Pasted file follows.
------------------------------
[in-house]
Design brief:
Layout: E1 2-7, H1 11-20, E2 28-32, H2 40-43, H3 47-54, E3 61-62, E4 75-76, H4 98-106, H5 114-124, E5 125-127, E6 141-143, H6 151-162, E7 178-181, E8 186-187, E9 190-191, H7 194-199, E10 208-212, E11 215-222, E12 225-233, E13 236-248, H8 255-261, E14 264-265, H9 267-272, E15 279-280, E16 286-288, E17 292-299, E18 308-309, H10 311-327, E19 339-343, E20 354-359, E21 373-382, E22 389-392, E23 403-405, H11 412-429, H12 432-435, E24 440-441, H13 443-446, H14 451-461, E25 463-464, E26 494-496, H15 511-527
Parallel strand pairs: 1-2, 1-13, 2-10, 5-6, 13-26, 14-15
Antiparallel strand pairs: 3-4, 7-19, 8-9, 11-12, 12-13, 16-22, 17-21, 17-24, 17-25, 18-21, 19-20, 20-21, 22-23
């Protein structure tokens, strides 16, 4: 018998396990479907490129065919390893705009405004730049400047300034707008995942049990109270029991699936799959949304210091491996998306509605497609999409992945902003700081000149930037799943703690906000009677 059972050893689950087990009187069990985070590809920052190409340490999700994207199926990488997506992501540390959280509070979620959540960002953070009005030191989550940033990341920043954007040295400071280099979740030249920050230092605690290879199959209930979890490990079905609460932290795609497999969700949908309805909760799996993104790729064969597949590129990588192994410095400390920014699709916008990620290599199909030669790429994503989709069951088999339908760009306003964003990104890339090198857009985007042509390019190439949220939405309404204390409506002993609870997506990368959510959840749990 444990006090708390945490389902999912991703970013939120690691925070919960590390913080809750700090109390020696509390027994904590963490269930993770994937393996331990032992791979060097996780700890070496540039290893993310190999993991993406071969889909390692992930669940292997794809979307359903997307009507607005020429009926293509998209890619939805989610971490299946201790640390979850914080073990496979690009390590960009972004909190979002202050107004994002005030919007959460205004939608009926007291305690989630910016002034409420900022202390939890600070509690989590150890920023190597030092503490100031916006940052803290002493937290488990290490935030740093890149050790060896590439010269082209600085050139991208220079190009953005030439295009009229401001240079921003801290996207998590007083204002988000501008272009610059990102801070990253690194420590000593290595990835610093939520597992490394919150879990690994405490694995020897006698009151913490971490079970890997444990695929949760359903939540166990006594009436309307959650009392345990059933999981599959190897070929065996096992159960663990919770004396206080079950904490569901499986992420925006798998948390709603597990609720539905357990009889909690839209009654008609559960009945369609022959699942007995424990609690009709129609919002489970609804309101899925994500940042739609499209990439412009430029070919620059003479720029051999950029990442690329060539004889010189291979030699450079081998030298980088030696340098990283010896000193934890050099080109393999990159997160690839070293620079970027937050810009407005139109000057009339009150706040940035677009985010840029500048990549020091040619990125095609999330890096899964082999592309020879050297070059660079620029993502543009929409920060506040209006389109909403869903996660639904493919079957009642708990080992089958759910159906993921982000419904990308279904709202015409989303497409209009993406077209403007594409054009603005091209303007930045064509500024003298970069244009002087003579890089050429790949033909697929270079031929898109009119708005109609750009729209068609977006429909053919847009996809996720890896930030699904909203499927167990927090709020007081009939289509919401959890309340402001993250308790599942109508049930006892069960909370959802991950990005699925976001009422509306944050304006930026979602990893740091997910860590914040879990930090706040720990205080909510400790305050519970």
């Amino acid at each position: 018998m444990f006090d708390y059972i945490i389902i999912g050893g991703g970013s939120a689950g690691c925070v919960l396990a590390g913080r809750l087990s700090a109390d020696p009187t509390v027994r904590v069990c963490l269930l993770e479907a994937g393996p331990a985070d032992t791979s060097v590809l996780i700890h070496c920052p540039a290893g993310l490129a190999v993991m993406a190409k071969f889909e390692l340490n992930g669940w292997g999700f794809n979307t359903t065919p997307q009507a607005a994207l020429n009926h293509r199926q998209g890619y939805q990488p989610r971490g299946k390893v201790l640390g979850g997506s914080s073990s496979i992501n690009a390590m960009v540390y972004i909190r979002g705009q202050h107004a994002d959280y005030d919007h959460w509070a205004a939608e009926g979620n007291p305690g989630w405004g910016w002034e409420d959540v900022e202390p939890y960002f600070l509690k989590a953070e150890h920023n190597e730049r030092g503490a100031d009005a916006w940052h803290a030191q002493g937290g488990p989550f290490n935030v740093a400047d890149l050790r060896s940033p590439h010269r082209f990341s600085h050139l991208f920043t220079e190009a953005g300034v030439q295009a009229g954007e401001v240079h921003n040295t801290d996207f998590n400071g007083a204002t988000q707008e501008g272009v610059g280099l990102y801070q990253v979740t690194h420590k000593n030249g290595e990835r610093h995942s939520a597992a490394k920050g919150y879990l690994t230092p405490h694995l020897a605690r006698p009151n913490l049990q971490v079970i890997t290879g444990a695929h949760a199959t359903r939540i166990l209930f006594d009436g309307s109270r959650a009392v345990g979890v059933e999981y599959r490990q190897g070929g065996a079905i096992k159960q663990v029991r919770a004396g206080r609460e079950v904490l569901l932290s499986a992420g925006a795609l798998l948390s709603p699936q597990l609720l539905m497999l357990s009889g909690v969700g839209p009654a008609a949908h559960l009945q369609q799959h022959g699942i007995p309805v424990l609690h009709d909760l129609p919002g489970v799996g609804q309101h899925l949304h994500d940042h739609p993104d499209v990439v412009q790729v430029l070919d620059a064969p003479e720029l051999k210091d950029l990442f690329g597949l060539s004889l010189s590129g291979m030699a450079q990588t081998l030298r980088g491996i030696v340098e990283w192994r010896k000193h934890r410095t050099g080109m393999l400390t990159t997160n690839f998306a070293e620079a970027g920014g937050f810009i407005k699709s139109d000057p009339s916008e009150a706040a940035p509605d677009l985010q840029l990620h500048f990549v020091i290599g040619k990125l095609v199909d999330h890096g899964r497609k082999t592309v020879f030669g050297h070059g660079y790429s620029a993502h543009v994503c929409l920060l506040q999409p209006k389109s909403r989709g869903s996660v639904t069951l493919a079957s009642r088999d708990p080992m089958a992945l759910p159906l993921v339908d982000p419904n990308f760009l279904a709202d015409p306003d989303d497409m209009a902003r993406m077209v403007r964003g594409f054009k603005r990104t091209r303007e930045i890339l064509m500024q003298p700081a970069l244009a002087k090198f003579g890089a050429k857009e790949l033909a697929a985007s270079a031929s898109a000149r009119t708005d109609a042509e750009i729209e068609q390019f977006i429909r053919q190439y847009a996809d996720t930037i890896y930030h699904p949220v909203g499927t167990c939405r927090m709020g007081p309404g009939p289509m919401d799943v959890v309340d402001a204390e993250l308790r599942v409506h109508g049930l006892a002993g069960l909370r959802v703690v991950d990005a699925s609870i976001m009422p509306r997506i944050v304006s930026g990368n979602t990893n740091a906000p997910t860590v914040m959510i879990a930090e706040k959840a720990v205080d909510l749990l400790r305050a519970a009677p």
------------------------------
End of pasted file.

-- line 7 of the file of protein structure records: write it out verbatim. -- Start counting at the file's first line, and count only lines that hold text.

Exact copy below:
């Amino acid at each position: 018998m444990f006090d708390y059972i945490i389902i999912g050893g991703g970013s939120a689950g690691c925070v919960l396990a590390g913080r809750l087990s700090a109390d020696p009187t509390v027994r904590v069990c963490l269930l993770e479907a994937g393996p331990a985070d032992t791979s060097v590809l996780i700890h070496c920052p540039a290893g993310l490129a190999v993991m993406a190409k071969f889909e390692l340490n992930g669940w292997g999700f794809n979307t359903t065919p997307q009507a607005a994207l020429n009926h293509r199926q998209g890619y939805q990488p989610r971490g299946k390893v201790l640390g979850g997506s914080s073990s496979i992501n690009a390590m960009v540390y972004i909190r979002g705009q202050h107004a994002d959280y005030d919007h959460w509070a205004a939608e009926g979620n007291p305690g989630w405004g910016w002034e409420d959540v900022e202390p939890y960002f600070l509690k989590a953070e150890h920023n190597e730049r030092g503490a100031d009005a916006w940052h803290a030191q002493g937290g488990p989550f290490n935030v740093a400047d890149l050790r060896s940033p590439h010269r082209f990341s600085h050139l991208f920043t220079e190009a953005g300034v030439q295009a009229g954007e401001v240079h921003n040295t801290d996207f998590n400071g007083a204002t988000q707008e501008g272009v610059g280099l990102y801070q990253v979740t690194h420590k000593n030249g290595e990835r610093h995942s939520a597992a490394k920050g919150y879990l690994t230092p405490h694995l020897a605690r006698p009151n913490l049990q971490v079970i890997t290879g444990a695929h949760a199959t359903r939540i166990l209930f006594d009436g309307s109270r959650a009392v345990g979890v059933e999981y599959r490990q190897g070929g065996a079905i096992k159960q663990v029991r919770a004396g206080r609460e079950v904490l569901l932290s499986a992420g925006a795609l798998l948390s709603p699936q597990l609720l539905m497999l357990s009889g909690v969700g839209p009654a008609a949908h559960l009945q369609q799959h022959g699942i007995p309805v424990l609690h009709d909760l129609p919002g489970v799996g609804q309101h899925l949304h994500d940042h739609p993104d499209v990439v412009q790729v430029l070919d620059a064969p003479e720029l051999k210091d950029l990442f690329g597949l060539s004889l010189s590129g291979m030699a450079q990588t081998l030298r980088g491996i030696v340098e990283w192994r010896k000193h934890r410095t050099g080109m393999l400390t990159t997160n690839f998306a070293e620079a970027g920014g937050f810009i407005k699709s139109d000057p009339s916008e009150a706040a940035p509605d677009l985010q840029l990620h500048f990549v020091i290599g040619k990125l095609v199909d999330h890096g899964r497609k082999t592309v020879f030669g050297h070059g660079y790429s620029a993502h543009v994503c929409l920060l506040q999409p209006k389109s909403r989709g869903s996660v639904t069951l493919a079957s009642r088999d708990p080992m089958a992945l759910p159906l993921v339908d982000p419904n990308f760009l279904a709202d015409p306003d989303d497409m209009a902003r993406m077209v403007r964003g594409f054009k603005r990104t091209r303007e930045i890339l064509m500024q003298p700081a970069l244009a002087k090198f003579g890089a050429k857009e790949l033909a697929a985007s270079a031929s898109a000149r009119t708005d109609a042509e750009i729209e068609q390019f977006i429909r053919q190439y847009a996809d996720t930037i890896y930030h699904p949220v909203g499927t167990c939405r927090m709020g007081p309404g009939p289509m919401d799943v959890v309340d402001a204390e993250l308790r599942v409506h109508g049930l006892a002993g069960l909370r959802v703690v991950d990005a699925s609870i976001m009422p509306r997506i944050v304006s930026g990368n979602t990893n740091a906000p997910t860590v914040m959510i879990a930090e706040k959840a720990v205080d909510l749990l400790r305050a519970a009677p």